Safety Tips For Button Batteries: Store batteries safely and handle them carefully!
©2010-2020 National Capital Poison Center. Reproduced and/or modified with permission.
While most button battery ingestions are benign, passing through the gut without a problem, in recent years the number of debilitating or fatal battery ingestions has dramatically increased. Fifty-nine deaths and 231 cases with severe esophageal or airway burns and subsequent complications have been reported, even in patients who initially have no symptoms after swallowing the battery. These disastrous outcomes occur when batteries get stuck in the esophagus, usually in small children. Large diameter button batteries, especially 20 mm diameter lithium coin cells, are implicated in most of these serious cases, but other battery types and smaller button batteries may also get stuck and cause serious problems. Burns and life-threatening complications can occur if batteries aren't removed from the esophagus within 2 hours. Batteries beyond the esophagus rarely cause a problem and can usually be left to pass spontaneously if the patient remains asymptomatic. Serious complications have also been seen when small batteries are placed in the nose or ear – another situation where urgent removal is critical.
Tips for Protecting Young Children
- Never leave batteries sitting out. Store spare batteries, and batteries to be recycled, out of sight and reach of young children. If recycling is not possible, wrap used batteries securely and discard them where a child can’t find them.
- Check all household devices to be certain the battery compartment is secured shut. Use strong tape to secure compartments that children can open or that might pop open if the device is dropped. Only purchase products that require a screwdriver or tool to open the battery compartment, or that are closed with a child-resistant locking mechanism. Batteries are everywhere. Common examples to check are:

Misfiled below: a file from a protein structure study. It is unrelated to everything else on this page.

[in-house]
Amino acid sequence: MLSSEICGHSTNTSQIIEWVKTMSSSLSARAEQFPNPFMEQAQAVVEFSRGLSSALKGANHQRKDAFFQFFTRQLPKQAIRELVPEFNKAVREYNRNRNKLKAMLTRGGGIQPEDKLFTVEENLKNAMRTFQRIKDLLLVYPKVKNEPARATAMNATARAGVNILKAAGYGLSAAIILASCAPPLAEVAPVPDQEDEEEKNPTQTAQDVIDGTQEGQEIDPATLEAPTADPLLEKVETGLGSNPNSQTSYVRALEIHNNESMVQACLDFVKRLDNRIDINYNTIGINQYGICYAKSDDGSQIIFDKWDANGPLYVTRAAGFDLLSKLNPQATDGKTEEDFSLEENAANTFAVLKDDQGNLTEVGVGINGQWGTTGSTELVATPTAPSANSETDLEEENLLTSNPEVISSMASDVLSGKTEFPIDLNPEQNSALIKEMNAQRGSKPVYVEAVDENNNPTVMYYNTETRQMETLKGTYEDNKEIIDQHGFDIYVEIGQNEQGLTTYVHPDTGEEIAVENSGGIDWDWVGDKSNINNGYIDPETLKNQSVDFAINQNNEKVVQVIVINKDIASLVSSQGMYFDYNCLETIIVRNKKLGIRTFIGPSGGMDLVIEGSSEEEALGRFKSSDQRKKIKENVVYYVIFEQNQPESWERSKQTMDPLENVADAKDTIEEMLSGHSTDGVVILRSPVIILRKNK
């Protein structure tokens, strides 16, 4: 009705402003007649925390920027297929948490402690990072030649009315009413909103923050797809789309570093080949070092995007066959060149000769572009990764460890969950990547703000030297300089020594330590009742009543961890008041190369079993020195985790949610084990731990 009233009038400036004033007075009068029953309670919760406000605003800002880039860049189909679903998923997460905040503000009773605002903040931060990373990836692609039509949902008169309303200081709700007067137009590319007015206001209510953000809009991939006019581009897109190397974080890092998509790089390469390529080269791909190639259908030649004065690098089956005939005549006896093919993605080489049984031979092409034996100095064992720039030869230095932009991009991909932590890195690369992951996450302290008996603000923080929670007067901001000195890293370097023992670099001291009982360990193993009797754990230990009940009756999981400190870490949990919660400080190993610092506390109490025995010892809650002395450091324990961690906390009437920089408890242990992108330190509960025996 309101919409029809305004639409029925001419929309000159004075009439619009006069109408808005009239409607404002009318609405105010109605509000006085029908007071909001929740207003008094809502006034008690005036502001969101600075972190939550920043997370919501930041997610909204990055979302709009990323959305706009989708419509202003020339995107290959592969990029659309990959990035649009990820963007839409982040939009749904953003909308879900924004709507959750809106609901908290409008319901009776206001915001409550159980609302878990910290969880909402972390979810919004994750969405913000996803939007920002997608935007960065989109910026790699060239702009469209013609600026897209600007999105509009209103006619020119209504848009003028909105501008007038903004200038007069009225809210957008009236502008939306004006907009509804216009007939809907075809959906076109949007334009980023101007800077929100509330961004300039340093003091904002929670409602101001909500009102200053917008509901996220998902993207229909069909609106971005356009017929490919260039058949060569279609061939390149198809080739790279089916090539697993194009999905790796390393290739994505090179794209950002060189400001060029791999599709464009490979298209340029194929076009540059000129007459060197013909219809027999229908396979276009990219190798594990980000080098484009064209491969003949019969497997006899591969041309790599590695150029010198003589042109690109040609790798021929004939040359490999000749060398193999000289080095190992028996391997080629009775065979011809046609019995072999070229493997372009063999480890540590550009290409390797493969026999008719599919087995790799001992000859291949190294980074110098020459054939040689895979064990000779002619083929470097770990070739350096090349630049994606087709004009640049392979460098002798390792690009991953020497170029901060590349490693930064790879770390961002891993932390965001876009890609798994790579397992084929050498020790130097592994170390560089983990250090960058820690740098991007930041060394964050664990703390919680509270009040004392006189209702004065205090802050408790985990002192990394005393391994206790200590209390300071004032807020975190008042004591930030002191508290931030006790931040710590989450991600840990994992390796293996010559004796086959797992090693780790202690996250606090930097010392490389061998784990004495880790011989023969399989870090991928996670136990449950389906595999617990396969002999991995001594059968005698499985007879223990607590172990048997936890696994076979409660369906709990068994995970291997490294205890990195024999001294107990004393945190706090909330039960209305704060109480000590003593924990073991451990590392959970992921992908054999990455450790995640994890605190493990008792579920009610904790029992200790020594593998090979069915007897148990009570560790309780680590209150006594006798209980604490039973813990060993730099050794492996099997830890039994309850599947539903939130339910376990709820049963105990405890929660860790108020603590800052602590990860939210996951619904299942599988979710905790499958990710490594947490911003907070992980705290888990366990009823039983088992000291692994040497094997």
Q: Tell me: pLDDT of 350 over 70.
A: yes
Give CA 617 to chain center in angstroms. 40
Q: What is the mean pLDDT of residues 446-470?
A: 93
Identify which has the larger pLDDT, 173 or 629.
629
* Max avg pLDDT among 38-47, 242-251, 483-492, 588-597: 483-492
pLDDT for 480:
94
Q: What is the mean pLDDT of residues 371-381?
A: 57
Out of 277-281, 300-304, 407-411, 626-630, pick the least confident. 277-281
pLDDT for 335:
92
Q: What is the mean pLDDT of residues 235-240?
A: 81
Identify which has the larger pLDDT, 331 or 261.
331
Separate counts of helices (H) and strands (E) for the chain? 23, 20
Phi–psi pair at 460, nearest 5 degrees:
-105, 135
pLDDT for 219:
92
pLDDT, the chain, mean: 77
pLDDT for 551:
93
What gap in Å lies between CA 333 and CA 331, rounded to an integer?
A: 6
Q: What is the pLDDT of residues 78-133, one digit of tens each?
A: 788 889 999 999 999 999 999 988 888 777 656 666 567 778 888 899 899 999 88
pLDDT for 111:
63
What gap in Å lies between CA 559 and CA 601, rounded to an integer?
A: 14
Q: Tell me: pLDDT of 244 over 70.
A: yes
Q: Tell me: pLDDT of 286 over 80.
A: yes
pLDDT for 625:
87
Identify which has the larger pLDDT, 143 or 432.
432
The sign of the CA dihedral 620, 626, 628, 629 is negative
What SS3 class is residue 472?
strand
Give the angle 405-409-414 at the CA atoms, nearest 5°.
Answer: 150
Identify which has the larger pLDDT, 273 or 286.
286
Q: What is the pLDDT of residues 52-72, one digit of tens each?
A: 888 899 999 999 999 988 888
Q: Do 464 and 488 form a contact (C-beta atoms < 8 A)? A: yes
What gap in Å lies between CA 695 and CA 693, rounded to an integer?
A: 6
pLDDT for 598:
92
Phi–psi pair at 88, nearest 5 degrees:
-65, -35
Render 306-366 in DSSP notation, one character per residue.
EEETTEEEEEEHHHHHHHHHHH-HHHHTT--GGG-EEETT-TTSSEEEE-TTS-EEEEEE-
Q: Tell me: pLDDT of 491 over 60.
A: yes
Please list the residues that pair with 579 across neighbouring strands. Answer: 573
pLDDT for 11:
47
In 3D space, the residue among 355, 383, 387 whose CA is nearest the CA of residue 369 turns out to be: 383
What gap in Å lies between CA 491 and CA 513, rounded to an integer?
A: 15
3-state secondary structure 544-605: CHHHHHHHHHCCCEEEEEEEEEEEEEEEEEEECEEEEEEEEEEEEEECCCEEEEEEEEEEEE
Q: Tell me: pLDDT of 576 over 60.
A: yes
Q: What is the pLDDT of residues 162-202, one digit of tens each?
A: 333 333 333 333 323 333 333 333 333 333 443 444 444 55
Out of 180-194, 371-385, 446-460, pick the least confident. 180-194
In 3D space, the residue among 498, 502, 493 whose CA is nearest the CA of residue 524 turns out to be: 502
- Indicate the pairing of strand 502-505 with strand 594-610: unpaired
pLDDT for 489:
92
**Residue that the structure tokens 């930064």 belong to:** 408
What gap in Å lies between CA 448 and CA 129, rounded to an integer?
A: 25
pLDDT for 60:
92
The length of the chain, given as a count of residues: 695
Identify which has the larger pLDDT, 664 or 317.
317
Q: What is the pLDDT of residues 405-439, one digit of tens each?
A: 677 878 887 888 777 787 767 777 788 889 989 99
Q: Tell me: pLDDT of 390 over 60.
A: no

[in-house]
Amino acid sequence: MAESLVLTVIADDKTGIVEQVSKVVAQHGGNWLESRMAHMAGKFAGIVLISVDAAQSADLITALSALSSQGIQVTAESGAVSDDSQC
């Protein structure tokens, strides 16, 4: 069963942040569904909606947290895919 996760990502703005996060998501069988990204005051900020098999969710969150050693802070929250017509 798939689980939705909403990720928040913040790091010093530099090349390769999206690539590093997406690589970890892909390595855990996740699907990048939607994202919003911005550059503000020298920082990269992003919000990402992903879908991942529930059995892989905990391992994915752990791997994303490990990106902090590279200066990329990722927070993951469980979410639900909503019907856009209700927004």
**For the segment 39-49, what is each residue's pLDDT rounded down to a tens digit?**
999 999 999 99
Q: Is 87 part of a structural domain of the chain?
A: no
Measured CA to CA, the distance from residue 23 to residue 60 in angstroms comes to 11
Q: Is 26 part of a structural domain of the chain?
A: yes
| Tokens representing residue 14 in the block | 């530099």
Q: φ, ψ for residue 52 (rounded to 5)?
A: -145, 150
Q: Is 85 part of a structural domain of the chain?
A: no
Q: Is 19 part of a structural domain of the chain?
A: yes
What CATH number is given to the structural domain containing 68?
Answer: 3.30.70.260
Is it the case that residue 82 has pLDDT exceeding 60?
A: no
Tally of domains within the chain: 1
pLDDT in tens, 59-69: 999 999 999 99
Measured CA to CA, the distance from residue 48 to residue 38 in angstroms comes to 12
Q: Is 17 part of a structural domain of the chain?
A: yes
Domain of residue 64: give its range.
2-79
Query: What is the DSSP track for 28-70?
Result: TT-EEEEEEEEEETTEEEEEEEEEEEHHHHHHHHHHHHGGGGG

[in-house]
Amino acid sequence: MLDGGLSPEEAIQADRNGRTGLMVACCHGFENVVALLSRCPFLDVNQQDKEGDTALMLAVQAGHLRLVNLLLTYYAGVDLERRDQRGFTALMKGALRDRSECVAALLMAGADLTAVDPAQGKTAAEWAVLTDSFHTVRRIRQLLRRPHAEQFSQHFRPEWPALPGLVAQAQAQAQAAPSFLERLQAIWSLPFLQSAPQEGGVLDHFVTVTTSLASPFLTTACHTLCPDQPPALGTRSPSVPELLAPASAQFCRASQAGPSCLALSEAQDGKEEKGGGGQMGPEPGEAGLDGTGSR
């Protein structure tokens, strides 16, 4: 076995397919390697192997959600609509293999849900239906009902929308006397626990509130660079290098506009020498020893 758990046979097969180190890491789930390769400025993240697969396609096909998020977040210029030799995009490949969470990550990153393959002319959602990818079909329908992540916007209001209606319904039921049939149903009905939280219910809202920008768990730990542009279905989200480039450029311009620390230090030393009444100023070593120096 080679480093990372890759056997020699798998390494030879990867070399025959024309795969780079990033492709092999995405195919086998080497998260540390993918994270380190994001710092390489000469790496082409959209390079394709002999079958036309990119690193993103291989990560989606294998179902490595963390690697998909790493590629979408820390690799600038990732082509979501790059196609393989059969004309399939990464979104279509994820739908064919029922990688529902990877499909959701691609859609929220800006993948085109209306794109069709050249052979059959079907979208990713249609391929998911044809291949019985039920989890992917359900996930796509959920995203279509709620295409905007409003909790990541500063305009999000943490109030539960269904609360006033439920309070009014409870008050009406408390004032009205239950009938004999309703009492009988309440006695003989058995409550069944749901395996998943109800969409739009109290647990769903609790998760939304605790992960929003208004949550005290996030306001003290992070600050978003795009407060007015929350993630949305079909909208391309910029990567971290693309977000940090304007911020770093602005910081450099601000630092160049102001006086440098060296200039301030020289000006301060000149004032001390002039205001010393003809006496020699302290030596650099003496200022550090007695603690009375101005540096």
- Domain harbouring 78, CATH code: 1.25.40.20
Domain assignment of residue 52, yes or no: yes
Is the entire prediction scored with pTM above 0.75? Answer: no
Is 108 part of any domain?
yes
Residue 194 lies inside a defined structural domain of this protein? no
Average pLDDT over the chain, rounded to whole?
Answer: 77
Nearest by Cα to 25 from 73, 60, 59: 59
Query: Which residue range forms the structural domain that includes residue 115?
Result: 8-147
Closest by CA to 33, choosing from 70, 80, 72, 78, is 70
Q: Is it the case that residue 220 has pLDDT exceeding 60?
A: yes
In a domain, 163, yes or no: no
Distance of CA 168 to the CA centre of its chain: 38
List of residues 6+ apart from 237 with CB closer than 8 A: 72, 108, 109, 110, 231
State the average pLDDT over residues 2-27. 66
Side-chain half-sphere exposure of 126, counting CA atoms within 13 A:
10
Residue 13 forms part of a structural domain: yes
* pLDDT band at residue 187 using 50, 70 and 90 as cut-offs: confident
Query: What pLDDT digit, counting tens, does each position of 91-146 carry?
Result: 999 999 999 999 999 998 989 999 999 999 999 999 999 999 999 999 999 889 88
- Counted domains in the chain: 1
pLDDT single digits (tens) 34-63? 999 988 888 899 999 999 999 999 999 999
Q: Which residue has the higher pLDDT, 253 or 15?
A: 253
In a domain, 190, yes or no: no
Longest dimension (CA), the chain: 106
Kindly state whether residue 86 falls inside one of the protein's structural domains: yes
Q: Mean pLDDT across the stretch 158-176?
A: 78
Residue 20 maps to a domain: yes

- remote controls
- tea lights and flameless candles
- garage door openers
- keyless entry fobs
- bathroom scales
- parking transponders
- digital thermometers
- hearing aids
- singing greeting cards
- talking books
- portable stereos
- handheld video games
- cell phones
- home medical equipment/meters
- flash and pen lights
- flashing shoes
- toothbrushes, bedwetting monitors
- flashing or lighted jewelry or attire
- any household item that is powered!
- Be especially cautious with any product that contains a battery that is as big as a penny or larger.
The 20 mm diameter lithium cell is one of the most serious problems when swallowed.
These problem cells can be recognized by their imprint (engraved numbers and letters) and often have one of these 3 codes: CR2032, CR2025, CR2016.
If swallowed and not removed promptly, these larger button batteries can cause death - or burn a hole through your child's esophagus.
- Don't allow children to play with batteries or with battery-powered products that have easily accessible batteries.
- Make sure all hearing aids for children have child-resistant battery compartments and make sure the lock is activated when the child is wearing the aid.
- Alert family members who wear hearing aids to the importance of keeping the batteries out of reach of small children at all times. That can be quite a burden since most hearing aid users remove the batteries from the aids each time they take the aids off.
- Don't insert or change batteries in front of small children.
- Never put batteries in your mouth, to test, to hold, or for any reason. They are slippery and easily swallowed.
- Don't mistake batteries for pills. Don't store batteries near pills or in pill bottles. Don't leave them on bedside tables or place them loose in your pocket or purse. Look at every medicine you intend to swallow. Turn on the lights, put on your glasses, read the label and look at the medicine itself.
- If you use a hearing aid, these steps are especially important. All too often, the tiny hearing aid batteries are swallowed with or instead of medications.
- Avoid storing or leaving batteries where they might be mistaken for, or swallowed with, food.
- Don't leave batteries in drinking glasses or adjacent to nuts, candy, popcorn or other finger foods.
Call the National Battery Ingestion Hotline at 800-498-8666 immediately. Prompt action is critical. Don't wait for symptoms to develop. If the battery was swallowed, don't eat or drink until an x-ray shows the battery is beyond the esophagus. Batteries stuck in the esophagus must be removed as quickly as possible, as severe damage can occur in just 2 hours. Batteries in the nose or ear also must be removed immediately to avoid permanent damage.